Gomez, Rafael, Bryson, Alex and Willman, Paul (2007) The long goodbye: the rise and fall of representative voice in Britain. The International Journal of Human Resource Management, 18 (7). pp. 1318-1334. ISSN 0958-5192
This paper argues that the secular decline in union voice in the UK cannot be fully explained without understanding the role of employers in choosing and modifying voice regimes. The paper presents a model of employee voice; the model assumes regimes are chosen by firms on the basis of positive net benefits, and that once adopted there are switching costs associated with changing regimes. The paper presents data from WERS, which is then analysed in terms of the model. We find a rise in voice regimes that do not include unions (i.e. the growth of so-called non-union voice) and a clear decline in voice regimes involving unions, particularly union-only voice. Ecological factors (i.e. new entrants and the demise of older workplaces) are primary in explaining the rise in non-union voice, whereas the shift to dual forms of voice (made up of union and non-union regimes side by side) was primarily the result of switches undertaken by union only workplaces as early as the 1950s.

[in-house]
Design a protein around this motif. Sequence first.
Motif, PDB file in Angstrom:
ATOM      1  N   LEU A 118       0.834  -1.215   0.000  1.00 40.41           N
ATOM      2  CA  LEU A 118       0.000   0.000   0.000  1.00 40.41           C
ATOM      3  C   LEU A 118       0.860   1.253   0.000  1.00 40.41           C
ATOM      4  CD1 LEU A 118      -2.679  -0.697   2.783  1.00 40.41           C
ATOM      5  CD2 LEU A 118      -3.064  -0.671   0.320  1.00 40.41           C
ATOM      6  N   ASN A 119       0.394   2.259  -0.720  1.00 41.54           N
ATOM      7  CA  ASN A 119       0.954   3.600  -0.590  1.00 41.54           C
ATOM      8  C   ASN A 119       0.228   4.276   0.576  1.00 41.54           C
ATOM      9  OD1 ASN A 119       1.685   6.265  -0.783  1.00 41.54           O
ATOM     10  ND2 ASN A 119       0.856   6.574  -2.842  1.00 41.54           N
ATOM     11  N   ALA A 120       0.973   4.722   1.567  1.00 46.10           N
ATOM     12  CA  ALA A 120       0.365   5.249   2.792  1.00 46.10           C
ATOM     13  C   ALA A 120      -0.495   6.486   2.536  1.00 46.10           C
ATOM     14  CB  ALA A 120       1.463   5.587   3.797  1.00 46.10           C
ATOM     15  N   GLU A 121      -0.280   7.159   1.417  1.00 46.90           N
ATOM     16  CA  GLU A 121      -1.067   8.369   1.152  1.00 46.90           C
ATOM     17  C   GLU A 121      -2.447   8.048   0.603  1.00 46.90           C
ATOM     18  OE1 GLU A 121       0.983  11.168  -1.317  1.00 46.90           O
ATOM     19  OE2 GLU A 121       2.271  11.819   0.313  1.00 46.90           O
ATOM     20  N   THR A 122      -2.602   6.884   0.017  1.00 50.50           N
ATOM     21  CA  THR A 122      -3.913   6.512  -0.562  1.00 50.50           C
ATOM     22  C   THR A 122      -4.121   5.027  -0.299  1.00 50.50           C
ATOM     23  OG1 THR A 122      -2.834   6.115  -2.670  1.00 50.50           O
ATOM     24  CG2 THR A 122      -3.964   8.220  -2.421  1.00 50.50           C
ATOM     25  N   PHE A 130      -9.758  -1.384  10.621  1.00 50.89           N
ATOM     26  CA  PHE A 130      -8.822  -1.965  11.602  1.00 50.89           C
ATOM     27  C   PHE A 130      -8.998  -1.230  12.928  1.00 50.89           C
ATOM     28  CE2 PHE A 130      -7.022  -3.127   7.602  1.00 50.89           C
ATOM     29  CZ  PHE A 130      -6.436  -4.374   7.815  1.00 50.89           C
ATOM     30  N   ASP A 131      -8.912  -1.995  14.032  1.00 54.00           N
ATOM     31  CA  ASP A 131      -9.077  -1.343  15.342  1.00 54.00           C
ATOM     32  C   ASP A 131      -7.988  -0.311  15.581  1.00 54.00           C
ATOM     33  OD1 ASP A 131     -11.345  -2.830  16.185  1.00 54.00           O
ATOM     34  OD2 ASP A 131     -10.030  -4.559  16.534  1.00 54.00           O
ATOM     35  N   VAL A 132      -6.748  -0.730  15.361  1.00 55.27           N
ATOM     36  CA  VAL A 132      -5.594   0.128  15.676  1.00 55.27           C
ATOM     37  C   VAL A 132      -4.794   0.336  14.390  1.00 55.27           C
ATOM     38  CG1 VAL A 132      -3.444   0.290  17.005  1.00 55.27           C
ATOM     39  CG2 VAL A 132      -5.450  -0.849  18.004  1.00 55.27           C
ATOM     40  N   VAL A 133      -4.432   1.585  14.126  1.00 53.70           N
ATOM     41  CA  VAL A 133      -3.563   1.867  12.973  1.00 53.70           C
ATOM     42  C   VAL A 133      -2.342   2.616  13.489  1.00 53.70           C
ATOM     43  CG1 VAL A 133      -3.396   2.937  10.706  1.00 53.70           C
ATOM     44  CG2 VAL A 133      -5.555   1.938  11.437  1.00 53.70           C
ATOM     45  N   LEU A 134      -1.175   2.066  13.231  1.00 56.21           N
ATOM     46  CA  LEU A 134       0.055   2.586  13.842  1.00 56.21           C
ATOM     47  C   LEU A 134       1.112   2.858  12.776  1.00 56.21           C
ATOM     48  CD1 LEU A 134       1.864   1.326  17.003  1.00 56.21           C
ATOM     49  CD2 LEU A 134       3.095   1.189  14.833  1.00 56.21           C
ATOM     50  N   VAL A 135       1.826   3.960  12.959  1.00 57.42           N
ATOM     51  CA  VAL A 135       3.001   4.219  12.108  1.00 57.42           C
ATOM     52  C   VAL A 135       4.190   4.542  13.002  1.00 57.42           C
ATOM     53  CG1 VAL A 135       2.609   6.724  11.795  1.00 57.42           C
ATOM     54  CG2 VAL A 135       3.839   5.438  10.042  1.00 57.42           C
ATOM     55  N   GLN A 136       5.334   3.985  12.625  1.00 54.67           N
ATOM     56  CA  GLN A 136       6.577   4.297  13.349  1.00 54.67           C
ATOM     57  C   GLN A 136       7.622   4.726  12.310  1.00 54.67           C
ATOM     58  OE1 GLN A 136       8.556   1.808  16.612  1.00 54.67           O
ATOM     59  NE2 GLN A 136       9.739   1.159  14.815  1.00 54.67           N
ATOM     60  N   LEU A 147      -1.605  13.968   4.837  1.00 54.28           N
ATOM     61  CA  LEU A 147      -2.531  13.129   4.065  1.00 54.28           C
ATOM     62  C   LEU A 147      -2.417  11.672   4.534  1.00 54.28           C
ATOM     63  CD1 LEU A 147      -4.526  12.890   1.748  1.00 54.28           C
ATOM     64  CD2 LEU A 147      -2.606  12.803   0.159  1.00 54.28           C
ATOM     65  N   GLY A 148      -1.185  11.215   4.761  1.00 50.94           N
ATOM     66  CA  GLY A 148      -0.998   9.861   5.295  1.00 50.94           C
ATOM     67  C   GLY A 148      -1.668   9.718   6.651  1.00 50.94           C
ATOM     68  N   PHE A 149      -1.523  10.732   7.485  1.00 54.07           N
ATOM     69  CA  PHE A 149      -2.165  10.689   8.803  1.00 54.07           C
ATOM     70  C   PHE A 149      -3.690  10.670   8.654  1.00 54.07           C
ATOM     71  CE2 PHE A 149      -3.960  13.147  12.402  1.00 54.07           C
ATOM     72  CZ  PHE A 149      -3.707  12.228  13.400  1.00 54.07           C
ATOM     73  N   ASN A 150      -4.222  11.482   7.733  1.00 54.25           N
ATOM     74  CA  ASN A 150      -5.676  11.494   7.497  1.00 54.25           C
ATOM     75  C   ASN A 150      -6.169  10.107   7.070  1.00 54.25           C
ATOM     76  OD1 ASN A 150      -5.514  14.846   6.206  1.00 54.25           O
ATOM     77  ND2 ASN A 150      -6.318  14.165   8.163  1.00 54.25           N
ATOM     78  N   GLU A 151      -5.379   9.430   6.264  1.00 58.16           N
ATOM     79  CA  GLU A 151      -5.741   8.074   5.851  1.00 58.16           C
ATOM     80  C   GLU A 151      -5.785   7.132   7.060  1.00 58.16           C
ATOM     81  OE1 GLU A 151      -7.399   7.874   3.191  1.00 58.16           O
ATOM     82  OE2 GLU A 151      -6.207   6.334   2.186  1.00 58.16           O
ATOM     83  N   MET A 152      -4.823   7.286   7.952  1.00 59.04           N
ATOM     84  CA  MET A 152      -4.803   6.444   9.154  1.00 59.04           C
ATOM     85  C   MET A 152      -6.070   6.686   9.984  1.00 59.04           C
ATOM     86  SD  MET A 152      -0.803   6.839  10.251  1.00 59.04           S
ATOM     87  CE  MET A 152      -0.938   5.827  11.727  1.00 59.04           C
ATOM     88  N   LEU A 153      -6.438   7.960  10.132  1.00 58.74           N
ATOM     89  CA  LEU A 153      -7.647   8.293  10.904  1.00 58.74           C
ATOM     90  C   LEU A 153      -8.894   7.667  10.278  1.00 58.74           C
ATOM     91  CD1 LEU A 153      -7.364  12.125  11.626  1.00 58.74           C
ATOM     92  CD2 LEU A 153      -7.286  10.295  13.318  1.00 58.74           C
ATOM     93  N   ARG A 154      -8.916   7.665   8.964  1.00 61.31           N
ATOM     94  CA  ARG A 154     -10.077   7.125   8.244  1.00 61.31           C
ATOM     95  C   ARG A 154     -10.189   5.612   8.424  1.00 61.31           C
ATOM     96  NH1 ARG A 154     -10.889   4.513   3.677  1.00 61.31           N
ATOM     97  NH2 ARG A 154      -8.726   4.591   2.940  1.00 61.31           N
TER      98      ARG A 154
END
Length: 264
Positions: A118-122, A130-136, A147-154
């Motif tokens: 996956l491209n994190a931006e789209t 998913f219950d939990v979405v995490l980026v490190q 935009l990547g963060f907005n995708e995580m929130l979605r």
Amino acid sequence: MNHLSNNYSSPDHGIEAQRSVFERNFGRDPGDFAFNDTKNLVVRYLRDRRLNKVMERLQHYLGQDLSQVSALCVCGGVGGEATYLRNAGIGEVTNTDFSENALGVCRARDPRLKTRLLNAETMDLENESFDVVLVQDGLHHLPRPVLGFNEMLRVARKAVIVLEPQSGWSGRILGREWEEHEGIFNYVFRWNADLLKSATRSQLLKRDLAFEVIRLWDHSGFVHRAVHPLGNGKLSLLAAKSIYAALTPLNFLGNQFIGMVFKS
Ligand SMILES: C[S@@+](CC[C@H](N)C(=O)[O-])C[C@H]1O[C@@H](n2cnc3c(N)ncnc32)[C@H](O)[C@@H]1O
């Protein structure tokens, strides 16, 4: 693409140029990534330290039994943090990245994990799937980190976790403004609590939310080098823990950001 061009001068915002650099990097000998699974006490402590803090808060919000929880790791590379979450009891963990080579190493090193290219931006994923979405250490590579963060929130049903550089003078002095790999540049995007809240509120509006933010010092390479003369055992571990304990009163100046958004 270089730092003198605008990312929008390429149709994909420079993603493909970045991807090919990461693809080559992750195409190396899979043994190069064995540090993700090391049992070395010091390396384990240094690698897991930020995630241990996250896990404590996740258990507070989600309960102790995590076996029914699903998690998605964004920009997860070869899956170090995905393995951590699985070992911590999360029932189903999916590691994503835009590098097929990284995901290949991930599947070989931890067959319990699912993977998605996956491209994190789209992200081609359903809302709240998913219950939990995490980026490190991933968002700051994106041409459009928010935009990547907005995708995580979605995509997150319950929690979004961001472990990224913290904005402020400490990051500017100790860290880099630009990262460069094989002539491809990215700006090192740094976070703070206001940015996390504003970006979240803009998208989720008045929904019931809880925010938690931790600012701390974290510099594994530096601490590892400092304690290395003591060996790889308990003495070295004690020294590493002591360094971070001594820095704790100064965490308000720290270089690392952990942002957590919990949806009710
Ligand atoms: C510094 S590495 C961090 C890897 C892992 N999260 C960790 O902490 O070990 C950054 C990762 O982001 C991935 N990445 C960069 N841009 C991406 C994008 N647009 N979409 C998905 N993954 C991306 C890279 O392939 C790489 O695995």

|Additional Information:||© 2007 Taylor & Francis|
|Library of Congress subject classification:||H Social Sciences > H Social Sciences (General)
D History General and Old World > DA Great Britain
|Sets:||Research centres and groups > Employment Relations and Organisational Behaviour Group|
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